In what appears to be the first ruling of its kind, a New York judge will allow a lesbian couple who married in Canada to sue for divorce.
Though New York does not allow same-sex marriages, a state trial court judge refused to dismiss a divorce and child custody suit brought by a woman, identified only as Beth R., against her former partner Donna M.
Donna M. had argued that her 2004 marriage should be invalid in New York because the state doesn't allow same-sex marriage, but Supreme Court Justice Laura Drager found that the out-of-state marriage could still be recognized under New York law. Her ruling appears to be the first divorce case in New York from a same-sex marriage.
"What we're seeing now is a judicial battle that's going to be waged in [the] next few months," said Arthur Leonard, who teaches a class on sexual orientation and the law at New York Law School. "People sometimes forget that divorce is part of marriage. People need a judicial process to untangle a relationship."
The state's highest court last year declined to create a constitutional right to same-sex marriages, saying it was an issue for the legislature to decide. That case did not address out-of-state same-sex marriages.
New York is one of the few states that does not address same-sex marriages. At least 41 states have laws defining marriage as between a man and a woman, according to the National Conference of State Legislatures; those laws allow states to reject same-sex marriages from other states. In December, the Rhode Island Supreme Court ruled that the state's family courts can't grant divorces to same-sex couples.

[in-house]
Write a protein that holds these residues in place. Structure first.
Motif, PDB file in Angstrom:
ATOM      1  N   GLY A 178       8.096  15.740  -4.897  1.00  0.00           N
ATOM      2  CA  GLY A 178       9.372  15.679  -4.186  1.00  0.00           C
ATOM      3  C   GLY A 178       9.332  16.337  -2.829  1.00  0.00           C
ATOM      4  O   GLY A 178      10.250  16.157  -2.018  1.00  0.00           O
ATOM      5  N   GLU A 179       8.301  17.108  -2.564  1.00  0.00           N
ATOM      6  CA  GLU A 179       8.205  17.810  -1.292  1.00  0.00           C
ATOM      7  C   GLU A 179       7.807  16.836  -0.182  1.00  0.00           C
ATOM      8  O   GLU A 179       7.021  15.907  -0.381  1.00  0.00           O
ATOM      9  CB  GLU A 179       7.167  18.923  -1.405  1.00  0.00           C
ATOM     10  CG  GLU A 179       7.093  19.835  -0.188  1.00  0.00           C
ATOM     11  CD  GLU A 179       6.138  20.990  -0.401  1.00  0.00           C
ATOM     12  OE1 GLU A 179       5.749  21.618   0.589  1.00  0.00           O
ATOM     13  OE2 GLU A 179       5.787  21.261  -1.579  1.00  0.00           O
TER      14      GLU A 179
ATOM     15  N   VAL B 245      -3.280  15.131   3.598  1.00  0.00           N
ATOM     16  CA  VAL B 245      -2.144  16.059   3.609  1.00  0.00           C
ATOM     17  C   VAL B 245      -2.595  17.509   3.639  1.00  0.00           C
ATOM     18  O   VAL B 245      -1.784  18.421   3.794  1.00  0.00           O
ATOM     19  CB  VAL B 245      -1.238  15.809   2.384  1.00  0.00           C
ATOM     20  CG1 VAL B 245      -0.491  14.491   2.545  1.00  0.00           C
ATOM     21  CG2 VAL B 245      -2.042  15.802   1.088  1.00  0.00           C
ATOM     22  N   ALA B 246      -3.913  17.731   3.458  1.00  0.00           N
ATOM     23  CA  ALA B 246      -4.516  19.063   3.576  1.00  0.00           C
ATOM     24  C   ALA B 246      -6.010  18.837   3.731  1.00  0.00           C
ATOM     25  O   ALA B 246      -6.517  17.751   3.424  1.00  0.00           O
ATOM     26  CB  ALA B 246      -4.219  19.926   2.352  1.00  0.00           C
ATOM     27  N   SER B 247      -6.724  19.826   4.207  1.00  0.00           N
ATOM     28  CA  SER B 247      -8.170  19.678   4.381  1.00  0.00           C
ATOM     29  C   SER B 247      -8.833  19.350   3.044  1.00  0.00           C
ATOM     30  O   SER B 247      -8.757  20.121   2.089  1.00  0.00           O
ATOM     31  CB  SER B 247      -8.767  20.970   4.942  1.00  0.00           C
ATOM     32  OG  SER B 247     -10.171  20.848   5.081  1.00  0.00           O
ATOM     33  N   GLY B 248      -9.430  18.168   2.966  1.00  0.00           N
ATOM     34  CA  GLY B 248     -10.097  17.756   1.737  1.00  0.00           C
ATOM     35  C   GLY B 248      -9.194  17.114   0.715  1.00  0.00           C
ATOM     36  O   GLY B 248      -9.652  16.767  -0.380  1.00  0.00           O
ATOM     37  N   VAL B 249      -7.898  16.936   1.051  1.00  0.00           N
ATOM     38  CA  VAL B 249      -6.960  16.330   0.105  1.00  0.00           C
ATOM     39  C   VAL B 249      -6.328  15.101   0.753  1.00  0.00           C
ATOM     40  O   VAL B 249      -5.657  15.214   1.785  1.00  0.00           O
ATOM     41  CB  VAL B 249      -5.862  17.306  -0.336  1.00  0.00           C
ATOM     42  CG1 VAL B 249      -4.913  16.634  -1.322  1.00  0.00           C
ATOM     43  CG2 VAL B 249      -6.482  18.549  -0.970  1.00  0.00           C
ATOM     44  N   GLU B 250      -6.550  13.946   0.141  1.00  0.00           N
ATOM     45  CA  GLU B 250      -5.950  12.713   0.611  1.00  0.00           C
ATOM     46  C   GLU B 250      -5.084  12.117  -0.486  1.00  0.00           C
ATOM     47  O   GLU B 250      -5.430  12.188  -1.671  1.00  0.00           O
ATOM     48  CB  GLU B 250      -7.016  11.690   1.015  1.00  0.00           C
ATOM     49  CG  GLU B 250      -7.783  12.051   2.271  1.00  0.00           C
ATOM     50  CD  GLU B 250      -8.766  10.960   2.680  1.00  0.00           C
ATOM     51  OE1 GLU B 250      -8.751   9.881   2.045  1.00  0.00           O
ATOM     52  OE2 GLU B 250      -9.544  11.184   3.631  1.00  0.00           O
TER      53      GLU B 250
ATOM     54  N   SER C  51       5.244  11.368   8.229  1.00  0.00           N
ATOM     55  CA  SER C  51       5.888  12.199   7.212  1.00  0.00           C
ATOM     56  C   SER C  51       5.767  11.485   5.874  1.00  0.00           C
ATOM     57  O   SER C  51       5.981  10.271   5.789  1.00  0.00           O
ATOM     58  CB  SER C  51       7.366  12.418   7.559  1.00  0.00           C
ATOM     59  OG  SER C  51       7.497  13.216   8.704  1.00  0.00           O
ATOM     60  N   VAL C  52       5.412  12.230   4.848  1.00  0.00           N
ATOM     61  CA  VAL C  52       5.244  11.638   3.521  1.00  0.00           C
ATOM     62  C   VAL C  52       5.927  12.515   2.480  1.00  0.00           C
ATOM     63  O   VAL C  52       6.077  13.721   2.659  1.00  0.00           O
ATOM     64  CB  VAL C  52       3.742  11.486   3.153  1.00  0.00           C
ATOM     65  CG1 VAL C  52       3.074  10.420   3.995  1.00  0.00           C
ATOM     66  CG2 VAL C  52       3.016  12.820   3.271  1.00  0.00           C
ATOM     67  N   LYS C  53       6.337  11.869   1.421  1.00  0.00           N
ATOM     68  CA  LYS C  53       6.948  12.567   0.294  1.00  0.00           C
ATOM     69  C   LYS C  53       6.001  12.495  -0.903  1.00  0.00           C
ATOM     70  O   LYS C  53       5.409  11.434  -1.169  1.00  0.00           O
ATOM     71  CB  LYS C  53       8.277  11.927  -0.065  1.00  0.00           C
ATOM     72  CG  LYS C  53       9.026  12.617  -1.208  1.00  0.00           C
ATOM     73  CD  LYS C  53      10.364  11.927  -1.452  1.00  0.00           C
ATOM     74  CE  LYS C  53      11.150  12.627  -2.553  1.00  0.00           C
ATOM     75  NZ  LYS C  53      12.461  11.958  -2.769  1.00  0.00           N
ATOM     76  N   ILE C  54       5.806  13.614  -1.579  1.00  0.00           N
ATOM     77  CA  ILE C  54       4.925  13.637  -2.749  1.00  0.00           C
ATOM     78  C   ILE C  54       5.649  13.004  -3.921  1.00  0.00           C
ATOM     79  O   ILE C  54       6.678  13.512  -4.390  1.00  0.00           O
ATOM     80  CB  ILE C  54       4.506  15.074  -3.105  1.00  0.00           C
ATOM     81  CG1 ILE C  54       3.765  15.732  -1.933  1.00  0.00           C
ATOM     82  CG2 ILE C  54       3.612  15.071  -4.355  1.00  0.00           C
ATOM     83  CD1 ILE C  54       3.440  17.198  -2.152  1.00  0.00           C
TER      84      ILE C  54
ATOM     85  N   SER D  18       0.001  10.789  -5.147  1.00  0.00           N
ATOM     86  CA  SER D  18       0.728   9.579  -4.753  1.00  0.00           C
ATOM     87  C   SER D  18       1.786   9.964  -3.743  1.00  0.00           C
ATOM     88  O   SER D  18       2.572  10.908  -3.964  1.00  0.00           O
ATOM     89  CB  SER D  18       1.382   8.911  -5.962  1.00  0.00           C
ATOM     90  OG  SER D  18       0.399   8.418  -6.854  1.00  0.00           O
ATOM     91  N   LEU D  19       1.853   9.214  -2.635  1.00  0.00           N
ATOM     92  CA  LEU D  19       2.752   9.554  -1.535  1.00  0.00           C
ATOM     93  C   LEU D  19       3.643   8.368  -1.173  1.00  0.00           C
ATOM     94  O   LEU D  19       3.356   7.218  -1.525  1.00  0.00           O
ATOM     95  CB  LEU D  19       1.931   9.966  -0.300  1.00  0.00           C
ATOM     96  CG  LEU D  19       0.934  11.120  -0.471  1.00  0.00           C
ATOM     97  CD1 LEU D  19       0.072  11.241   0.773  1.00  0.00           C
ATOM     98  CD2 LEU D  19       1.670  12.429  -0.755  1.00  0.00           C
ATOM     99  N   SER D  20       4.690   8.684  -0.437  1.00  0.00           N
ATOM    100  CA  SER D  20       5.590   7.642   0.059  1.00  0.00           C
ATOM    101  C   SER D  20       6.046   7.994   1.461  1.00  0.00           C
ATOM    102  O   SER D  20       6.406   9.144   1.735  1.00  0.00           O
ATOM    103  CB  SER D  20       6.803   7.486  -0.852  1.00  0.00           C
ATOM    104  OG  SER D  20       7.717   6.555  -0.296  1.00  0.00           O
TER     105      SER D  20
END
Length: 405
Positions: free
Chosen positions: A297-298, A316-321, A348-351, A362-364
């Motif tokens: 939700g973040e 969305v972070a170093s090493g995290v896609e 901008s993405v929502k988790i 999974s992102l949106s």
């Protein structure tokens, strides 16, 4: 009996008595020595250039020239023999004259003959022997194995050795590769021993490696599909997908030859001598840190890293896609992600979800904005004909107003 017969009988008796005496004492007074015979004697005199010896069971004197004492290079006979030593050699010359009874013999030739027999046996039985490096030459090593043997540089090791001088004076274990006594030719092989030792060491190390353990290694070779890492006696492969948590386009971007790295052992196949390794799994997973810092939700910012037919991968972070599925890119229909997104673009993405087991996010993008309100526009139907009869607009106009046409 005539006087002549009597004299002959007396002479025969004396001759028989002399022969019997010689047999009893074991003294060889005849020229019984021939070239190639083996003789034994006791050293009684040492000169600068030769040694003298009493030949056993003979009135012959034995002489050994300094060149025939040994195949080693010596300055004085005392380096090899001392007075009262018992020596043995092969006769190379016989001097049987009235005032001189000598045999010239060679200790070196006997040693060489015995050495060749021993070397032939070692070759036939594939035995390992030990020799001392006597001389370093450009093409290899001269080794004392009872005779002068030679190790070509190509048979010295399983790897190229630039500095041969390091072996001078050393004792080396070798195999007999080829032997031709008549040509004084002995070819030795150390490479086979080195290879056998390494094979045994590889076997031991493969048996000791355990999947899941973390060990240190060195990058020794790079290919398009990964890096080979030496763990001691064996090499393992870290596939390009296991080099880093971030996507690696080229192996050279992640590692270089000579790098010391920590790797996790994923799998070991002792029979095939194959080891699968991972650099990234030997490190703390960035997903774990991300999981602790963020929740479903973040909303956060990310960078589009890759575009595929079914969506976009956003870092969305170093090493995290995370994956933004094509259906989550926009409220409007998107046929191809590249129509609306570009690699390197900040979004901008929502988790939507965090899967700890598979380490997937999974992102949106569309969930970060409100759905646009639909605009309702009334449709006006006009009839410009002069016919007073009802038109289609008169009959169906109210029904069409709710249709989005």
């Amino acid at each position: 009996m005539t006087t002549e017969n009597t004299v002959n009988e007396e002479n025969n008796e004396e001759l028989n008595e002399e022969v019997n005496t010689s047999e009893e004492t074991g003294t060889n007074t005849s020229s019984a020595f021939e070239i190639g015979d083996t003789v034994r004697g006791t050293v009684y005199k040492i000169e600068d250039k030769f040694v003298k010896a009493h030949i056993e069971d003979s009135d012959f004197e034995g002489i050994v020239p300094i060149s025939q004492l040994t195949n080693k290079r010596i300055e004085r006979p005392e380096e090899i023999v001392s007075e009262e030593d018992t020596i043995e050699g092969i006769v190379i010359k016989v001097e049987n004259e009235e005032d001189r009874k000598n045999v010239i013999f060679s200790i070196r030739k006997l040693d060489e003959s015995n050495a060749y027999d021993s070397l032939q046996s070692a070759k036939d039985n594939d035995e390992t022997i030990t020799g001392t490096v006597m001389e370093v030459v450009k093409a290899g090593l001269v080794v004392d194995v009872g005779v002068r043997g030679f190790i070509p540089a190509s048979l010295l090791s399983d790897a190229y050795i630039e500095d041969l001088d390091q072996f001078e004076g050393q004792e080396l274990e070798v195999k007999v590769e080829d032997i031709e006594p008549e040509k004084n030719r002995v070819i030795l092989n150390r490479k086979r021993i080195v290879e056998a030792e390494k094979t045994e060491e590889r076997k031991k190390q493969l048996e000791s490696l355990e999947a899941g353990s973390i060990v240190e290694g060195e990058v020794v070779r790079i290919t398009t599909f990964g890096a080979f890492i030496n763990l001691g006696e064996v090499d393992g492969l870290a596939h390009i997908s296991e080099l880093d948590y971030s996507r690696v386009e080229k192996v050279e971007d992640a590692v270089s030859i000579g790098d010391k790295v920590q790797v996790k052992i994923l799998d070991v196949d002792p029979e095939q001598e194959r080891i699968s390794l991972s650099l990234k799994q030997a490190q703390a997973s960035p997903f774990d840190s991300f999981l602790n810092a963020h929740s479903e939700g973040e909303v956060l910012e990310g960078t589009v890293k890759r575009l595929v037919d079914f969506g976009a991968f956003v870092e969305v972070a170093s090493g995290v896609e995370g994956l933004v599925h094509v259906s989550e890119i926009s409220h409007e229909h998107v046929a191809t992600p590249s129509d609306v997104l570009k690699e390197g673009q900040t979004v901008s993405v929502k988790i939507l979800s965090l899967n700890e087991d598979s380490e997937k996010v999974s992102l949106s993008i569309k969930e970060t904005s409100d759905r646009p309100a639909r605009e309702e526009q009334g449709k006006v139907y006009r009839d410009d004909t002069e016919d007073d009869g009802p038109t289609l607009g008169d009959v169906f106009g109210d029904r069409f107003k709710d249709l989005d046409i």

In her ruling Monday, Drager said New York will not recognize an out-of-state marriage only if it is prohibited by a state law or if it is "abhorrent to New York public policy." She said only polygamy and incest have been found to be abhorrent.
Beth R. and Donna M., described as in their 40s and working in the media industry, were married in Toronto in 2004. They have two daughters, both born to Donna M.
Donna M.'s attorney, Raoul Felder, said the decision ignores hundreds of years of state law and he will appeal. "She wants to change the law," he said of Drager.
Other courts in New York have been willing to recognize non-state same-sex marriages in other contexts, said Susan Sommer of Lambda Legal, a gay rights organization that represented Beth R. Earlier this month, an intermediate appellate court in New York ruled that the state should recognize these same-sex marriages.
"What this decision shows is that it is just as important for same-sex couples and their children to have the same access to divorce courts and the whole process that we have to unwind a relationship," Sommer said.
Massachusetts is the only U.S. state that allows same-sex marriage. Several states, including Vermont and New Jersey, allow civil unions or domestic partnerships, which provide many of the same legal benefits as marriage.